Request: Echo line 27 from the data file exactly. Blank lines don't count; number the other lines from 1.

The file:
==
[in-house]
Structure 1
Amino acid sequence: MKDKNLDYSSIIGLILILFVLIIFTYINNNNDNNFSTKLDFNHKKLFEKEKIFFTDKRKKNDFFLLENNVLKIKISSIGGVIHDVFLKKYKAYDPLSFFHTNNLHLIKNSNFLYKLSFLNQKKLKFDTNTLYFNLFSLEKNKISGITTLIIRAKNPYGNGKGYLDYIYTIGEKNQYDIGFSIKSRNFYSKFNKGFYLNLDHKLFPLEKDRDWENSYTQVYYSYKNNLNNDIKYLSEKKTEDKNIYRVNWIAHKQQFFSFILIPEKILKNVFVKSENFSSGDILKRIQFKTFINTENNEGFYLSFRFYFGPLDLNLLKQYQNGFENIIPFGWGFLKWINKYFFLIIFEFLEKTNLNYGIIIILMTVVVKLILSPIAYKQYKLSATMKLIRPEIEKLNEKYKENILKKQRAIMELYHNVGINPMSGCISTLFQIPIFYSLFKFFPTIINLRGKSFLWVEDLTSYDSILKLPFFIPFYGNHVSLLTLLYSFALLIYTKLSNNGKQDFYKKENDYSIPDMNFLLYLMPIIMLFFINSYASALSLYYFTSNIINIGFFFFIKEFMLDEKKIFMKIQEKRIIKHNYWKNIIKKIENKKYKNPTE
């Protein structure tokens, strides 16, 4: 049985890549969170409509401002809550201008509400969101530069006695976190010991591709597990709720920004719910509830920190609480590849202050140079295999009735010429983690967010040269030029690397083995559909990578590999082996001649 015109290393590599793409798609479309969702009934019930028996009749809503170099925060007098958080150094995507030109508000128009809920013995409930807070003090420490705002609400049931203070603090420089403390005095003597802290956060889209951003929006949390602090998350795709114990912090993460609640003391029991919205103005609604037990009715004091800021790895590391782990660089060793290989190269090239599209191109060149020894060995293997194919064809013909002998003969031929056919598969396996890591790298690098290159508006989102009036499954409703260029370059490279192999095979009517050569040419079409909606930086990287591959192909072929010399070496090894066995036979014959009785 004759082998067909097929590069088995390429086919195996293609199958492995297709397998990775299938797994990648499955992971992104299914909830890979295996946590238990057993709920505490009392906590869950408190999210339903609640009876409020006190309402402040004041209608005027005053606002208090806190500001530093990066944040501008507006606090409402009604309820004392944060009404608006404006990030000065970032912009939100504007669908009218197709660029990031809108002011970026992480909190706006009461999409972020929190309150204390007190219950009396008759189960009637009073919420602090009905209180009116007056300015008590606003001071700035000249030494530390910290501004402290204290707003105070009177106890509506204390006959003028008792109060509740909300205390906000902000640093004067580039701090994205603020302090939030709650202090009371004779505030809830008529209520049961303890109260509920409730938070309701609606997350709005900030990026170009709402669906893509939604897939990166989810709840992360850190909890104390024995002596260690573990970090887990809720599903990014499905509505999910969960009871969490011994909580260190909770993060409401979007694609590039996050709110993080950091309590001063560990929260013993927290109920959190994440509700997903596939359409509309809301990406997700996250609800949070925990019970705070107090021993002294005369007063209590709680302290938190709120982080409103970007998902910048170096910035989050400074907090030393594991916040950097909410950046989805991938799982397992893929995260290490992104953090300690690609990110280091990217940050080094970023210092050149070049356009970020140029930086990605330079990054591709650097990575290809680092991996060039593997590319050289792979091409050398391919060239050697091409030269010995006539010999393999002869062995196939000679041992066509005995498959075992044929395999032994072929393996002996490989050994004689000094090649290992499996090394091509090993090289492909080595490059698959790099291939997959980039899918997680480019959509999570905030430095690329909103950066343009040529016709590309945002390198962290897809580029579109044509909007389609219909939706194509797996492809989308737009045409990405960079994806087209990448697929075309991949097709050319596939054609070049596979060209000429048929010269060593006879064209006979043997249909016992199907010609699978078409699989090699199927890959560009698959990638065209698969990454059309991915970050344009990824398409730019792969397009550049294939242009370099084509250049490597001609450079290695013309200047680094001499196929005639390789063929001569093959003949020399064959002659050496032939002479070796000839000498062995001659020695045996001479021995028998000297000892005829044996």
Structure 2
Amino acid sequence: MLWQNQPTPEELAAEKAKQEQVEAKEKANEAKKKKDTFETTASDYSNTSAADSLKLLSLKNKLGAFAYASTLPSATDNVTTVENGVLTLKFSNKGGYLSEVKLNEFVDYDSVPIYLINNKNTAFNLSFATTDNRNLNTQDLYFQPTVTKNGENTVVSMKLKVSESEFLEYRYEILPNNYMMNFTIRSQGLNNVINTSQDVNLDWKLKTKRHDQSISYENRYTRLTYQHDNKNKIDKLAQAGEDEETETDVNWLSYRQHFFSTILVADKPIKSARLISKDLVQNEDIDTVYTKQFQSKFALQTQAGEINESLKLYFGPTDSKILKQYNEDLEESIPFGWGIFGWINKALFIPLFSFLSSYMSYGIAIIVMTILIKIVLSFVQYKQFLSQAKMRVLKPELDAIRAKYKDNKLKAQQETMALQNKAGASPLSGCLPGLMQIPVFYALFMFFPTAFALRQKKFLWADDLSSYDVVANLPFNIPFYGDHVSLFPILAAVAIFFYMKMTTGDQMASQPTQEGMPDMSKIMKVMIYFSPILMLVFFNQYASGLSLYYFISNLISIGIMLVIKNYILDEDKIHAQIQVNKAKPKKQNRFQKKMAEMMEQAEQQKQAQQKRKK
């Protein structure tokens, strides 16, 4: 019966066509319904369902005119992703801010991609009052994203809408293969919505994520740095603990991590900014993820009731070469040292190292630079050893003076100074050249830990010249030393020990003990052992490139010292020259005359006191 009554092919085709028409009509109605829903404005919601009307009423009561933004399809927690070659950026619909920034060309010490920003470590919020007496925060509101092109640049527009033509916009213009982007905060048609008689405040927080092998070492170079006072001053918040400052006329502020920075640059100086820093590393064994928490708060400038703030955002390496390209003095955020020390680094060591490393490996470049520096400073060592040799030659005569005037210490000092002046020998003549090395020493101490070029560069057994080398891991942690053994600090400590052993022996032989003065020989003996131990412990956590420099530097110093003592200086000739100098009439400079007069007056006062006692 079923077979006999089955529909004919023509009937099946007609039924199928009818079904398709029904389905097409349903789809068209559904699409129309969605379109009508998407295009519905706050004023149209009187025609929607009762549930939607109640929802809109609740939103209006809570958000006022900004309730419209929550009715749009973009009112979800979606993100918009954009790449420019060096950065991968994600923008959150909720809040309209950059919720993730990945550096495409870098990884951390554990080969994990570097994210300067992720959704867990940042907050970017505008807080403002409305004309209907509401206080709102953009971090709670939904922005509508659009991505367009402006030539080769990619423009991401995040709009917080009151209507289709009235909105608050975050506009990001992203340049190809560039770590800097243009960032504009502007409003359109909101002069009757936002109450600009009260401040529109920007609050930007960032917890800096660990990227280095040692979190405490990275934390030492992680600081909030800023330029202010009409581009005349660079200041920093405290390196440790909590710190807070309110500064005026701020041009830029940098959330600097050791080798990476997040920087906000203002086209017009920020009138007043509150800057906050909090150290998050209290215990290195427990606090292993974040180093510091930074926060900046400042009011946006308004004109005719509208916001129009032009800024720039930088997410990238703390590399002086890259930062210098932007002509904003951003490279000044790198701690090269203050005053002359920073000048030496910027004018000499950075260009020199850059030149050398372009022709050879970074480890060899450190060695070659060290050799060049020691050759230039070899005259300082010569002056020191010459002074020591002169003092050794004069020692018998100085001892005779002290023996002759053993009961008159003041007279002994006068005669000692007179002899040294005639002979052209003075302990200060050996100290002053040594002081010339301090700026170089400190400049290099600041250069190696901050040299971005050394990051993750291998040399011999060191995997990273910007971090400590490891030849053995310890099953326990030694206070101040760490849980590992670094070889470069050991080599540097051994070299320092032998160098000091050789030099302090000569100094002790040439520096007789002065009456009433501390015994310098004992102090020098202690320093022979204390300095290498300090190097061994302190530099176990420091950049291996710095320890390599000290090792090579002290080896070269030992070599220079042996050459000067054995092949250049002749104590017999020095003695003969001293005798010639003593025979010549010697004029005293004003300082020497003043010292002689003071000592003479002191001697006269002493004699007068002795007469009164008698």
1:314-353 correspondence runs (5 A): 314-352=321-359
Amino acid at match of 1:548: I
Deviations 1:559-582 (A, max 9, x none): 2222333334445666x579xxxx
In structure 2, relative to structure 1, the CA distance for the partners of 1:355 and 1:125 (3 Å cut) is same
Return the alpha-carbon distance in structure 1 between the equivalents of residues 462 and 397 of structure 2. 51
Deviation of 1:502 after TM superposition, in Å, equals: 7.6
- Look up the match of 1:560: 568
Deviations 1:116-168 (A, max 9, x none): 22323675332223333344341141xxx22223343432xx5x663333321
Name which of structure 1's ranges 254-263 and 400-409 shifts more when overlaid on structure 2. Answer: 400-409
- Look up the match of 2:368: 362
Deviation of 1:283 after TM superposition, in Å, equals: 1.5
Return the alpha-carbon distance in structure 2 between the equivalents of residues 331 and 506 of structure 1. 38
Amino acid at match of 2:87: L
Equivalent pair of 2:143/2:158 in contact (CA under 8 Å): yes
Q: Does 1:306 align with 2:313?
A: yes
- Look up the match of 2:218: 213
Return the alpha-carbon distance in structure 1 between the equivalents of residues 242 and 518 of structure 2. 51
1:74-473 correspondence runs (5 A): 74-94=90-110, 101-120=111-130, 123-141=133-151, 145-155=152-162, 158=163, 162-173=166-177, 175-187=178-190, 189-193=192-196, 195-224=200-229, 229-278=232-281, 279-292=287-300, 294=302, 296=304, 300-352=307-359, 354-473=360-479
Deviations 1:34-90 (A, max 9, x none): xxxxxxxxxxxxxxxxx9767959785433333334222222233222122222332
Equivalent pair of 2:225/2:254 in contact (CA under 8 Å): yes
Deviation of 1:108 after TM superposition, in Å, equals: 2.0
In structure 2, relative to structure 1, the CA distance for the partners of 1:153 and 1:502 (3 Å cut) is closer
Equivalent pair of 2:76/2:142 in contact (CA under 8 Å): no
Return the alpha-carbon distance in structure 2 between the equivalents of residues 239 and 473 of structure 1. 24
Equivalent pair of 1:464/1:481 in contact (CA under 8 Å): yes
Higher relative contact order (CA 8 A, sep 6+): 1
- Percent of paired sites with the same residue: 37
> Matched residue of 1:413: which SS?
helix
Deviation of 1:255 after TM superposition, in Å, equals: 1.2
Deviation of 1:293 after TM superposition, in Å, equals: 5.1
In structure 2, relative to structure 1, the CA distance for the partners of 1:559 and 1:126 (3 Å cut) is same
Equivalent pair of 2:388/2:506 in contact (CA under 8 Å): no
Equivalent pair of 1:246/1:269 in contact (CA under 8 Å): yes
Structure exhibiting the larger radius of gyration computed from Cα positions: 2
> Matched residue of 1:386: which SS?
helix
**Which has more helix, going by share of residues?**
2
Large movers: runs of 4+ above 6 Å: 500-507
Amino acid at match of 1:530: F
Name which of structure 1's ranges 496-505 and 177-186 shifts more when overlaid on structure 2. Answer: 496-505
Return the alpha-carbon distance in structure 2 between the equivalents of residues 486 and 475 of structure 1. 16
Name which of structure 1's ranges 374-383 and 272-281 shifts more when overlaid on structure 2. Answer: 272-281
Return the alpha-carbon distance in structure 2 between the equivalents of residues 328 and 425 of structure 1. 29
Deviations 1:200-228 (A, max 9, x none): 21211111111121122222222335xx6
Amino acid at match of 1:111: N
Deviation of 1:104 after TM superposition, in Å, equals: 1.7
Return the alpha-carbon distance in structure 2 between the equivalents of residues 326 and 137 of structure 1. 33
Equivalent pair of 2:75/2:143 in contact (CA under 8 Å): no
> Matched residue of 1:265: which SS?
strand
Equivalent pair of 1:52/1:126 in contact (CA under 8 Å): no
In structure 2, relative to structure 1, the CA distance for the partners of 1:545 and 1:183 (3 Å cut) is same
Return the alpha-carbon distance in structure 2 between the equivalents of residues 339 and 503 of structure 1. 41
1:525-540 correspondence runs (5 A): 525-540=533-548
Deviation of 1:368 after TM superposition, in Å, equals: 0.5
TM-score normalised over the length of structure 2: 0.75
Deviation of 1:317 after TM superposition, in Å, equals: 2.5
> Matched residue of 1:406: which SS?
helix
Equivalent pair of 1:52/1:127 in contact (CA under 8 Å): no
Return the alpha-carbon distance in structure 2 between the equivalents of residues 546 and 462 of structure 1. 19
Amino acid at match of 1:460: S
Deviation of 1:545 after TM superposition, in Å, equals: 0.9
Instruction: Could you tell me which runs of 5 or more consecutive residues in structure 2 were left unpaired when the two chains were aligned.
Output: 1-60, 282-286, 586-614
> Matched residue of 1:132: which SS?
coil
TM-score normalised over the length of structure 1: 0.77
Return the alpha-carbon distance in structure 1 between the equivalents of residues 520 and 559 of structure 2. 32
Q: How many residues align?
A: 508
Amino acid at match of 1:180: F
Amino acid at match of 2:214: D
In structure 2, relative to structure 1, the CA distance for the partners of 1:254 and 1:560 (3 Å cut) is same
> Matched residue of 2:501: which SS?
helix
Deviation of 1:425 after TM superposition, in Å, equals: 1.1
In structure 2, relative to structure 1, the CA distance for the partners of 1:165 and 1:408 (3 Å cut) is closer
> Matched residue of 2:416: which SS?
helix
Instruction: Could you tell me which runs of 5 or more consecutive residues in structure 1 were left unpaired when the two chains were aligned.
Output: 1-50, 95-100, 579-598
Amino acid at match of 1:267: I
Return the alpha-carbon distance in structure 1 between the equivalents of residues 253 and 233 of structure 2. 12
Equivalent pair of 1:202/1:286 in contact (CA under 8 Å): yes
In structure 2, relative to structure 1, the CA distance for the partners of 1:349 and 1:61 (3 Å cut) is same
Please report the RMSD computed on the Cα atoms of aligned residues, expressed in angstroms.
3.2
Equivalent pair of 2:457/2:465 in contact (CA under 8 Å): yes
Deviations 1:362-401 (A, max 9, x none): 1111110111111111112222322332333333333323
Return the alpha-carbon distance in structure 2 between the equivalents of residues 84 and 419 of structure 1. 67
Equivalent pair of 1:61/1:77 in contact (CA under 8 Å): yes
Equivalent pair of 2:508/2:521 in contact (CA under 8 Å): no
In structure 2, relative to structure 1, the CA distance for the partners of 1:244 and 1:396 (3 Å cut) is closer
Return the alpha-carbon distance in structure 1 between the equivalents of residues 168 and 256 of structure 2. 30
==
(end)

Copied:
Deviations 1:34-90 (A, max 9, x none): xxxxxxxxxxxxxxxxx9767959785433333334222222233222122222332